Testamentary Inheritance in Athenian Law

Tucker, Denise Gillian (1988) Testamentary Inheritance in Athenian Law. MLitt(R) thesis, University of Glasgow.

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Abstract

In the introduction, the importance of the subject and the reasons for investigating it further are given. I have also mentioned the various Greek sources which have been used. The first chapter contains evidence from Homer and Hesiod which indicates that will-making in a very-rudimentary oral form was not unknown in seventh-century Greece. In the second chapter, I have looked at Solon's law of testament, introduced in 594/3, which permitted a man to adopt someone by will. The third chapter consists of a discussion of the evidence from Sophocles, Euripides and Aristophanes concerning testaments, which suggests that in the fifth century, Athenians were often writing their wills as opposed to just making oral dispositions of property, and that these documents had various functions. Chapter 4 looks at the changes made to Solon's law by the Thirty Tyrants in 404/3. In Chapter 5, the legal competence to make a will is considered, particularly with reference to the clauses of exception in Solon's law, although this question is also examined with reference to a person' s citizenship status. The longest chapter is the sixth one, which treatis of the purpose of the testament. The evidence discussed here indicates that the Athenian will had a much wider scope than has often been thought. Chapter 7 concerns the formalities involved in witnessing a will, the means of ensuring that a testament was kept safe and vitiating the document. I have also discussed whether or not a will had to be written. It seems as if there were no strict legal rules about these things, but that they were left to the testator's discretion. The final chapter concerns the arguments of the Attic orators when questioning a will's authenticity, and concludes that in the fourth century, arguments on grounds of forgery were probably used more widely in the courts than those based on capacity. In the conclusion, I have looked at the question of the chronology of the Athenian will, and have defended my results, which suggest that during the period under consideration, even though certain functions of the will were probably more prevalent in some centuries than in others, its fundamental purpose was the care of the oikos. Appendix 1 sets out the evidence concerning the relative positions of Nicanor and Nicomachus in the household of Aristotle, and Appendix 2 discusses the dating of the two fourth-century wills.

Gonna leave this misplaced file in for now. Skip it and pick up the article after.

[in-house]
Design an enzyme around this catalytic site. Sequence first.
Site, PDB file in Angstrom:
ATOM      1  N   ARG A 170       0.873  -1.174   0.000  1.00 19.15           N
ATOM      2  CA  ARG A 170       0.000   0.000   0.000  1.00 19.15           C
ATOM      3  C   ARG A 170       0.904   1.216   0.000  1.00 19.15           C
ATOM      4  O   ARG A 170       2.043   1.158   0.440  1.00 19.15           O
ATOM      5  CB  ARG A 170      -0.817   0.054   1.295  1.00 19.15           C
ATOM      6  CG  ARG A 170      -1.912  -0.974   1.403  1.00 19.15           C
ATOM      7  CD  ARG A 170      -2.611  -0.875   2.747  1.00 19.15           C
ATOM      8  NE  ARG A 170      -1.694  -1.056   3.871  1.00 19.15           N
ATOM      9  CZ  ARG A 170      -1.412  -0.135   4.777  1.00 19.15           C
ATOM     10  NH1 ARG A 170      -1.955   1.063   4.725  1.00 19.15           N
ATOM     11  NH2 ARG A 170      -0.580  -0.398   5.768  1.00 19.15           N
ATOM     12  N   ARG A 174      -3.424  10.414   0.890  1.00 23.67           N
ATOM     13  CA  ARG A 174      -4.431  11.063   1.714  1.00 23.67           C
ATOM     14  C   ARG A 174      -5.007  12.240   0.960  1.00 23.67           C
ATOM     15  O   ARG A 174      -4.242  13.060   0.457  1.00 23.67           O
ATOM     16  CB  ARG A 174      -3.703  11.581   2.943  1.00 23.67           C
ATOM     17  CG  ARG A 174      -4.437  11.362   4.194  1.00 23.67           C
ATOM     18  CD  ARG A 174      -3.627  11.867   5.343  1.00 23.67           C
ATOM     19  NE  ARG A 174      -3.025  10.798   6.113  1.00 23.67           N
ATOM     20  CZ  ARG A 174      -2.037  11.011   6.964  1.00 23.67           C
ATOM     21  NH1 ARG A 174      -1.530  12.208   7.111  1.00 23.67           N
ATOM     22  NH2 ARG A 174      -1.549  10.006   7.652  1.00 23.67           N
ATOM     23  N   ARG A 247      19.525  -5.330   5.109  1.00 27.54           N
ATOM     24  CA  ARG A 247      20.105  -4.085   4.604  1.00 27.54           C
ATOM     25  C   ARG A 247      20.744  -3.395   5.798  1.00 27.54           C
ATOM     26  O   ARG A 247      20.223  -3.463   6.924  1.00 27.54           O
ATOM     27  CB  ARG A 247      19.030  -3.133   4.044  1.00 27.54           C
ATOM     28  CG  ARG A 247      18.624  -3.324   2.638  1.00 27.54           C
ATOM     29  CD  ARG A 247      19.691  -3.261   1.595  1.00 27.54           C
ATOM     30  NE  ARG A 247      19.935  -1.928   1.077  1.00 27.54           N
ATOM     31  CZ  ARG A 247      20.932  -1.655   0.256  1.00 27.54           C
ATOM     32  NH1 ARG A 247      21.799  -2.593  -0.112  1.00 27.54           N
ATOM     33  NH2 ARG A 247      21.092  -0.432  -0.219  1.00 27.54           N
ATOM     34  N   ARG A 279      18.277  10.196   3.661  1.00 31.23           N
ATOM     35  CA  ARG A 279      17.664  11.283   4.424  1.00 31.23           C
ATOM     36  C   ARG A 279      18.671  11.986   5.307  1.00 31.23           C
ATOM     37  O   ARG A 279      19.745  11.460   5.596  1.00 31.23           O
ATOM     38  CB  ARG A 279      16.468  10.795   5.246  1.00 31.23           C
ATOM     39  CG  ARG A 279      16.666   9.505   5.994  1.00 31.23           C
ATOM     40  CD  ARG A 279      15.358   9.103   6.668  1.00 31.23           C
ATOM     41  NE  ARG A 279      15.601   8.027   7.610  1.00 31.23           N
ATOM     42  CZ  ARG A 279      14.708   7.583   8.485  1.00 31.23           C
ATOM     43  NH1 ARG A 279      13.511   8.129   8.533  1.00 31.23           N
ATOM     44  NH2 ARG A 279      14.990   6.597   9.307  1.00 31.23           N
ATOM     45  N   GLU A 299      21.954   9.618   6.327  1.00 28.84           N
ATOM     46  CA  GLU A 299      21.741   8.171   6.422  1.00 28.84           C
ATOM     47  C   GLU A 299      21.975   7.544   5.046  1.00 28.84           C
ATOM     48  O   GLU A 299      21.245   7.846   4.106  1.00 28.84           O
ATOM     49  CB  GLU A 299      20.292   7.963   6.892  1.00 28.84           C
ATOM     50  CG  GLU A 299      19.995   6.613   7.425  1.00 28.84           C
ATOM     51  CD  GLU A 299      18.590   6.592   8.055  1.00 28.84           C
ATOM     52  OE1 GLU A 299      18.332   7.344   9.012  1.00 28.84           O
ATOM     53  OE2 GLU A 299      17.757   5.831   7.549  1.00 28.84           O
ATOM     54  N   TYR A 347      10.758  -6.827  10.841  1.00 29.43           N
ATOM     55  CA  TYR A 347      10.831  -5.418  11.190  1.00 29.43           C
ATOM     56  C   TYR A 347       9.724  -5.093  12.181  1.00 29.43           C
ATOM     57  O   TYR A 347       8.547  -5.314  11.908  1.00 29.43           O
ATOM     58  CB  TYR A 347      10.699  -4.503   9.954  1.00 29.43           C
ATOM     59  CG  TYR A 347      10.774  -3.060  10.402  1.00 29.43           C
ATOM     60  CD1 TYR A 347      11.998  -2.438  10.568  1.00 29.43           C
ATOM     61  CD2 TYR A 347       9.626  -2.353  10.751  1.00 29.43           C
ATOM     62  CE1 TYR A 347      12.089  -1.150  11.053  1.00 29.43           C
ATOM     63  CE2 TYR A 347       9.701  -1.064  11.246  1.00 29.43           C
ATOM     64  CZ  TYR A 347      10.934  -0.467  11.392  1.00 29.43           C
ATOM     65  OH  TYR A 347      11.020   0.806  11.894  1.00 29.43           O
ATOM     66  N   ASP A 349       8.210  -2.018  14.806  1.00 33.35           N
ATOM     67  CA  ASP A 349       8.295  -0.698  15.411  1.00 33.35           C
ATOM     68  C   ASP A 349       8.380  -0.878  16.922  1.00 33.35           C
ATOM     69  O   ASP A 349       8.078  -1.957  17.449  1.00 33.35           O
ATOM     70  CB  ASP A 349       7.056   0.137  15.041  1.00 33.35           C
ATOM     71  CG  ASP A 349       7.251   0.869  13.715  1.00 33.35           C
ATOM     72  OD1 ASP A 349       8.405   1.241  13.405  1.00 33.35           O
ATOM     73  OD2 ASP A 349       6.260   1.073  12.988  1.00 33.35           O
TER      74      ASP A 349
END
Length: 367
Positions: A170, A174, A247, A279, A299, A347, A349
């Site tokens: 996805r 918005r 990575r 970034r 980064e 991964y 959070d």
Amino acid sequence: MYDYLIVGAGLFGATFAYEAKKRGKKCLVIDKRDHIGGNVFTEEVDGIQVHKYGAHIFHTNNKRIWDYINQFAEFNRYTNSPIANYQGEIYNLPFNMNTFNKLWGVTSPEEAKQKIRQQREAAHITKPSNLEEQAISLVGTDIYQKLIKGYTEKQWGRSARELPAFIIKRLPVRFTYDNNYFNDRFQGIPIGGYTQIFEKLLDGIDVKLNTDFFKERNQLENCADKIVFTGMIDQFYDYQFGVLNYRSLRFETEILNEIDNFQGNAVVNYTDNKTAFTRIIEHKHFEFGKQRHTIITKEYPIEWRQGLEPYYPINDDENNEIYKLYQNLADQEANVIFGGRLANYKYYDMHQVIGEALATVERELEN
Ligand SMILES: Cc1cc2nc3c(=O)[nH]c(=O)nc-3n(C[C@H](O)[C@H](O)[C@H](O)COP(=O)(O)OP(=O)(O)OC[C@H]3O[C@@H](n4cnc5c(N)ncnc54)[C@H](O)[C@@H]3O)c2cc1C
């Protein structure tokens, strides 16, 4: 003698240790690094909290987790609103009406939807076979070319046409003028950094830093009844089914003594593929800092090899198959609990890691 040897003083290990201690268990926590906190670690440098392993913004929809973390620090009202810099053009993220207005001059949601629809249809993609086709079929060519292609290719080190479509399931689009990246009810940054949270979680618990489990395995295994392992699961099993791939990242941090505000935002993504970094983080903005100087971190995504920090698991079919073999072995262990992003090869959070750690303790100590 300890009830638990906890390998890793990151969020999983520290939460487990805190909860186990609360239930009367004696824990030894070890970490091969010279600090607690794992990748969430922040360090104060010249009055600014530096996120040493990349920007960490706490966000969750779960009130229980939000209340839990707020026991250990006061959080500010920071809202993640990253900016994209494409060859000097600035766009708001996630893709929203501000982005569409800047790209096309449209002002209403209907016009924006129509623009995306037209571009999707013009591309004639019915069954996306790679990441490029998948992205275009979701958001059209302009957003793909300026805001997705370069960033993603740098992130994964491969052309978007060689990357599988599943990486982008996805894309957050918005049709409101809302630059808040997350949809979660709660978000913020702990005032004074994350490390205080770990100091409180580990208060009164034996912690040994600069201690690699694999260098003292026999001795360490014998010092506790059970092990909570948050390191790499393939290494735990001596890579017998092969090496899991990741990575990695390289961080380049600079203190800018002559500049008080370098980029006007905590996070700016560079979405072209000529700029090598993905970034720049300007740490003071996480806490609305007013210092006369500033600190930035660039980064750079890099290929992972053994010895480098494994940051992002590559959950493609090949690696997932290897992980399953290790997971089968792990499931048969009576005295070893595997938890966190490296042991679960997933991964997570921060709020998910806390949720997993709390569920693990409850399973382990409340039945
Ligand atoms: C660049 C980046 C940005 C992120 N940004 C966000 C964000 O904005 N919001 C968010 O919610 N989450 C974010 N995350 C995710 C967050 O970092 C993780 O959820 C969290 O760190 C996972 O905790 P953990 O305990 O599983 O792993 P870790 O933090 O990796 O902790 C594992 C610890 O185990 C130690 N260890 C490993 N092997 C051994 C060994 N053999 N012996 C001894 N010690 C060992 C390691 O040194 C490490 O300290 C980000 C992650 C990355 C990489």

Item Type: Thesis (MLitt(R))
Qualification Level: Masters
Keywords: Law, Classical studies
Date of Award: 1988
Depositing User: Enlighten Team
Unique ID: glathesis:1988-77648
Copyright: Copyright of this thesis is held by the author.
Date Deposited: 14 Jan 2020 11:53
Last Modified: 14 Jan 2020 11:53
URI: http://theses.gla.ac.uk/id/eprint/77648

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